Ideally, knowing what we know, we should build in mini-vacations (physical and mental) throughout the day, week, and months. Now that the concept of multitasking has been debunked, experts are telling us to focus on one thing only for short bursts of productive time, whether it’s 60 or 90 minutes, with 5-10 minute breaks. Avoid or shut down all distractions, including email, messaging, notifications, family, colleagues, pets, and even music. If you have the ability, spend time by yourself in an isolated, natural area, with minimal to no technology. If now this may sound too difficult, you can start by doing one small thing at a time. Believe me, it will be worth it.
Action Step: Schedule regular breaks into your routine every day. Choose activities without using any electronic devices, such as reading a real book, or walking outdoors.
This includes everything you eat, drink, inhale or put on your body. It also includes your potential for exposure to numerous toxins in your environment, including smoke, chlorine, fluoride, mold, etc. Dangerous substances in what you eat may take years before the effects are realized. Most of our conventional food supply is laced with pesticides, herbicides, and fungicides. Even our water is treated with reportedly “safe” levels of chorine and fluoride. This is why you should try to eat as organically as possible, within reason. Even then it’s impossible to eat or drink pure food and water entirely.
Add to this the confusion and controversy of what proportion of macronutrients (carbohydrates, protein, fat) is healthiest. One of the most shocking revelations in recent years is the extremely high proportion of carbohydrates in our modern diets (via processed grains and sugar). This is a mind-boggling topic that I will touch on at a later time, since what and when you eat has profound effects on your sleep and weight.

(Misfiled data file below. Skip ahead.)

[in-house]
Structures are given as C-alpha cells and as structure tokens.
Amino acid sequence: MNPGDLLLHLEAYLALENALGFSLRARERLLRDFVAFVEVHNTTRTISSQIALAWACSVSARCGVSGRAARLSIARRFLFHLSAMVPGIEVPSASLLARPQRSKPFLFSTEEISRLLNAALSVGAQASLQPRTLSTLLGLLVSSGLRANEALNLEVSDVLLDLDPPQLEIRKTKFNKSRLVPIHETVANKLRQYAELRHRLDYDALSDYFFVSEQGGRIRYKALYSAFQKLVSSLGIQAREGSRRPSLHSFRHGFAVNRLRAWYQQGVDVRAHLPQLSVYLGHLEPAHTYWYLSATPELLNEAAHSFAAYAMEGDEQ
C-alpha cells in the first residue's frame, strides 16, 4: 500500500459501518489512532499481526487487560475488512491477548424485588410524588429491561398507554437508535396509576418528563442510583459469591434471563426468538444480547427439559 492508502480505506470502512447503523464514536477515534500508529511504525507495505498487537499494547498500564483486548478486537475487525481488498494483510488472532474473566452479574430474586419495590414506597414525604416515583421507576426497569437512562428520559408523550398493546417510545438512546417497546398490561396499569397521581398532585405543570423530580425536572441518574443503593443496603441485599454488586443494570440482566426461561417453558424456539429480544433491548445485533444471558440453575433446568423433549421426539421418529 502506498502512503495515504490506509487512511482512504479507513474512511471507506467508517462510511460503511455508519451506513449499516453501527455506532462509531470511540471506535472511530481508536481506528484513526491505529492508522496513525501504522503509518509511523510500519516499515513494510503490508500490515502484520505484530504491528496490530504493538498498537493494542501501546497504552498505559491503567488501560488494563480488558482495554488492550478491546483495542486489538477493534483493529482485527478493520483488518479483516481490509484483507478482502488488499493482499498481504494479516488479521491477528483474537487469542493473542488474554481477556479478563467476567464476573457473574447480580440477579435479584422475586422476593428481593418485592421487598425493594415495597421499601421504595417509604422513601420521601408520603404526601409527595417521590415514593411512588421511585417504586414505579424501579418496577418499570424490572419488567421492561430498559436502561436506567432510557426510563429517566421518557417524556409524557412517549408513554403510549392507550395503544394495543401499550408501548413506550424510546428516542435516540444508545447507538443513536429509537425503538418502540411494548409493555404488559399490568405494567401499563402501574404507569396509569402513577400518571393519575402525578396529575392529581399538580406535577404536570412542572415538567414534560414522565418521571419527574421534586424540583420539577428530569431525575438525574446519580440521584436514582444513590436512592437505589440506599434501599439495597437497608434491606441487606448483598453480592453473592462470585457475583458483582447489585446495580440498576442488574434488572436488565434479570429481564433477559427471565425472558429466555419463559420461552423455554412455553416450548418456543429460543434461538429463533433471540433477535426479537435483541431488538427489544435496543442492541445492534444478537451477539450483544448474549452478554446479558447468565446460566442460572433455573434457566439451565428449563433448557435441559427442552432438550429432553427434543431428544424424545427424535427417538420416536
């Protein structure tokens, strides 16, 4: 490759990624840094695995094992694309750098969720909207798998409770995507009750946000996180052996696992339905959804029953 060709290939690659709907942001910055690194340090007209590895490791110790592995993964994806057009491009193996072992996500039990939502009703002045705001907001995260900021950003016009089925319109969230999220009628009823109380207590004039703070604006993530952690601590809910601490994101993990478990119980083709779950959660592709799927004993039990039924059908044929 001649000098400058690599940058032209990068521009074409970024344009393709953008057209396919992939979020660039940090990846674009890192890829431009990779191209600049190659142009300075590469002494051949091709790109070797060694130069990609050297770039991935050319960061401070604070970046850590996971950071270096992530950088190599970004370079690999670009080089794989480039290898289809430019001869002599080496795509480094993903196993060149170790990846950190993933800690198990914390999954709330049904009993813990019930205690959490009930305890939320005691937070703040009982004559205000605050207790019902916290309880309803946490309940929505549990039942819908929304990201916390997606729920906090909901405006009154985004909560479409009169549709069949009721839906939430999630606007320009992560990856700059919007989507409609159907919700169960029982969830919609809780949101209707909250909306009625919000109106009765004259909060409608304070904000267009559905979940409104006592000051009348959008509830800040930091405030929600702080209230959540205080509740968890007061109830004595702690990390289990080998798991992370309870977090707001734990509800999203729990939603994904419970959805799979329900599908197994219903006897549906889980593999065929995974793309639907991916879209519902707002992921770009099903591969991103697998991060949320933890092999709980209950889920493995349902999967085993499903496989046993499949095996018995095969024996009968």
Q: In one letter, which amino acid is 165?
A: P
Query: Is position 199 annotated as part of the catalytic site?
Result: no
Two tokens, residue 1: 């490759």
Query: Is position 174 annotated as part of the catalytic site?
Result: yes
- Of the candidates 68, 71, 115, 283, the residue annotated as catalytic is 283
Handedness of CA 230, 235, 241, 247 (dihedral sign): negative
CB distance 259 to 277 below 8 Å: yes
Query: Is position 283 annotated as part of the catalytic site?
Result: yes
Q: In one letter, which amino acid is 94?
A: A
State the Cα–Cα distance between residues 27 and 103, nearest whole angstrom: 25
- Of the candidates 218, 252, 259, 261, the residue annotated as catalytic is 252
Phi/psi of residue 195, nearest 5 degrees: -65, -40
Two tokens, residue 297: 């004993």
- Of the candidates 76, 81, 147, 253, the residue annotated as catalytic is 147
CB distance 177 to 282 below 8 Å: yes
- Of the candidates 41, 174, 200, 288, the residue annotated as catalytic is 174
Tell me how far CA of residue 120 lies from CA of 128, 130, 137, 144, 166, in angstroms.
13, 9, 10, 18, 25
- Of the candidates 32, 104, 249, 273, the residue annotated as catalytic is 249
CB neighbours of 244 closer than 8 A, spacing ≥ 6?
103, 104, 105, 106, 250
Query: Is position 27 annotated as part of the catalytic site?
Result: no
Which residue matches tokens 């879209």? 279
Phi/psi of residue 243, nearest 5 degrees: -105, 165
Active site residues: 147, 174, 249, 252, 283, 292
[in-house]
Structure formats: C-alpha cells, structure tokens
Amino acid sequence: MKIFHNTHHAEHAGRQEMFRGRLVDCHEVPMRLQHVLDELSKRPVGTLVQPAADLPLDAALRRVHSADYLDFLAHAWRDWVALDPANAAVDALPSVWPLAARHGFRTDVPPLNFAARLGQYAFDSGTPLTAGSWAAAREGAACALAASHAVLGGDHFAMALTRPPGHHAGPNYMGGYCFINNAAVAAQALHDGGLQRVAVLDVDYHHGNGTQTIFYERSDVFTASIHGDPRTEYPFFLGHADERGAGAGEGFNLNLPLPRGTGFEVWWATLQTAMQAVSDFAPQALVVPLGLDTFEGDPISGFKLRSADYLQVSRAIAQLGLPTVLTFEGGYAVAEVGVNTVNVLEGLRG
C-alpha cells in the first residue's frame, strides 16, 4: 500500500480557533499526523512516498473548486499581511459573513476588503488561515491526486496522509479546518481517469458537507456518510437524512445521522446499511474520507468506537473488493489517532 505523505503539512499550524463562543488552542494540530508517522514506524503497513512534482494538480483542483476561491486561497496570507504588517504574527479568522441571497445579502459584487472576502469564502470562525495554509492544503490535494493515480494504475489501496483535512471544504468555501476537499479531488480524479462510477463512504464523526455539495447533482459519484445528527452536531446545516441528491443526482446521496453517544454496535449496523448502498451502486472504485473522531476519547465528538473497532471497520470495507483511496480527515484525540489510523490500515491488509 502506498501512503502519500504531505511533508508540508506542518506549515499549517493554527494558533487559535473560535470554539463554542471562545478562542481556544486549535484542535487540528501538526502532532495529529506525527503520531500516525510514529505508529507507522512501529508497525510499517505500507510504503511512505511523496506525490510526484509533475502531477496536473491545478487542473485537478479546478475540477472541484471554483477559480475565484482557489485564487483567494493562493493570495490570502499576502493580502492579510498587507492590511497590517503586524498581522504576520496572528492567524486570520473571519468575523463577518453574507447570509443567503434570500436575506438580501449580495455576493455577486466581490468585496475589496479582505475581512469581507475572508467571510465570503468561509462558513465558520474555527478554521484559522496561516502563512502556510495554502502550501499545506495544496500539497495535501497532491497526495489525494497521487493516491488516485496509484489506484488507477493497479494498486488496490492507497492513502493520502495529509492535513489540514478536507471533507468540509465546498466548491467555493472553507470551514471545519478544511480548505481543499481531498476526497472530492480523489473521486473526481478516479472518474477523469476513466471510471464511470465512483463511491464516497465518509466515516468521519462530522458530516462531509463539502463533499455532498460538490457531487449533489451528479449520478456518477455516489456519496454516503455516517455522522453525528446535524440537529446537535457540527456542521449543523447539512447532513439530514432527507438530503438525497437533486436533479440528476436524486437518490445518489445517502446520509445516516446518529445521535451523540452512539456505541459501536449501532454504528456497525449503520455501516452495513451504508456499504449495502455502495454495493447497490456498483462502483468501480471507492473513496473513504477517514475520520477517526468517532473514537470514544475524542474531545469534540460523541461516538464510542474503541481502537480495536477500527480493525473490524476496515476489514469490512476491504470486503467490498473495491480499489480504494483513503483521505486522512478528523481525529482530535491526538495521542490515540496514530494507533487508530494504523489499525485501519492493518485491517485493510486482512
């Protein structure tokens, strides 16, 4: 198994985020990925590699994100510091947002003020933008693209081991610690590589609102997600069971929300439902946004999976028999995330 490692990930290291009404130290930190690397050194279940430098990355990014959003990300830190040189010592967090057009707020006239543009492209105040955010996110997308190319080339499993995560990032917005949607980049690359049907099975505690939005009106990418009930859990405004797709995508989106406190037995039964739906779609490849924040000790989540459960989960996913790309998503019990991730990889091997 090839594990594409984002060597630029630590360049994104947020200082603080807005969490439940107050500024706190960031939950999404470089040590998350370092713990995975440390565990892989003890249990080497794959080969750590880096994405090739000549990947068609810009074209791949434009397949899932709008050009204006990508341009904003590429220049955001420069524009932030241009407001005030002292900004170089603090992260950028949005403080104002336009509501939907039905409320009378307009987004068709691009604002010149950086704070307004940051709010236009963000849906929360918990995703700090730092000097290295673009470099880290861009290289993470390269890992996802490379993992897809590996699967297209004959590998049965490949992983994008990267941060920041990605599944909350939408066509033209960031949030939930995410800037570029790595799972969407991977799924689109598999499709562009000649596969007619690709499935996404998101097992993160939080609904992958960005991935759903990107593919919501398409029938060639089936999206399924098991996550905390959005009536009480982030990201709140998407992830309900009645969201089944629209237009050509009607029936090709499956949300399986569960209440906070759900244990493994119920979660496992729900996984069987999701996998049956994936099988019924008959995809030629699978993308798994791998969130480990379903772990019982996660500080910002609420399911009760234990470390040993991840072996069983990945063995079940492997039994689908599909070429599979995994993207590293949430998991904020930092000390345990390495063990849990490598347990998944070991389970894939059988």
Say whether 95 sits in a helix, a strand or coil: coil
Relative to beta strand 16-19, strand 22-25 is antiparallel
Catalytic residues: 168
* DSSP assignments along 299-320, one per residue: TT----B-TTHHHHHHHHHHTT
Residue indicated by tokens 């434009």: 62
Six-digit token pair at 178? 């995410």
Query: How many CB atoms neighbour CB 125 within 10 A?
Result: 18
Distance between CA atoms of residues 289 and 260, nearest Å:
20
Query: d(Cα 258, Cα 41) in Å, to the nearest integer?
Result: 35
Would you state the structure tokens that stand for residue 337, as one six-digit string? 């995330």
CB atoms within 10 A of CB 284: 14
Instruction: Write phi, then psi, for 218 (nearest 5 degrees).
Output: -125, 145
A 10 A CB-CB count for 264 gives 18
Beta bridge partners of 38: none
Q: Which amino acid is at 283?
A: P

Action Step: Eat organically. Cook at home as much as possible. Eat locally grown foods, not packaged in plastic or paper containers. Cut out sugar entirely. Cut down on carbohydrates dramatically. Incorporate larger amounts of healthy fats into your diet.
This is related to the timing mentioned above, but it needs to be repeated from a different perspective. Our bodies work best when we are in sync with the daily rhythms of day and night. However, due to the invention of the light bulb, and aggravated by screens and technology, most people in modern societies are spending a disproportionate amount of time indoors. Even exercise is performed mostly in indoor settings.
Technology has also disturbed our circadian rhythms. Many teenagers (and adults) have delayed sleep phase disorder, due to using screens before bedtime. Shiftwork has been shown to be a Class 2A carcinogen (probable) by the World Health Organization.
Another major consequence of this phenomenon is the epidemic of vitamin D deficiency. The “normal” level of vitamin D is 30 ng/mL, but this is the level needed to present Rickets (bowing of the legs in children). However, it’s been shown that you need levels of at least 40-50 for your gut to absorb calcium. Once you start researching the benefits and harms of adequate or low levels of vitamin D, it’s an endless rabbit hole.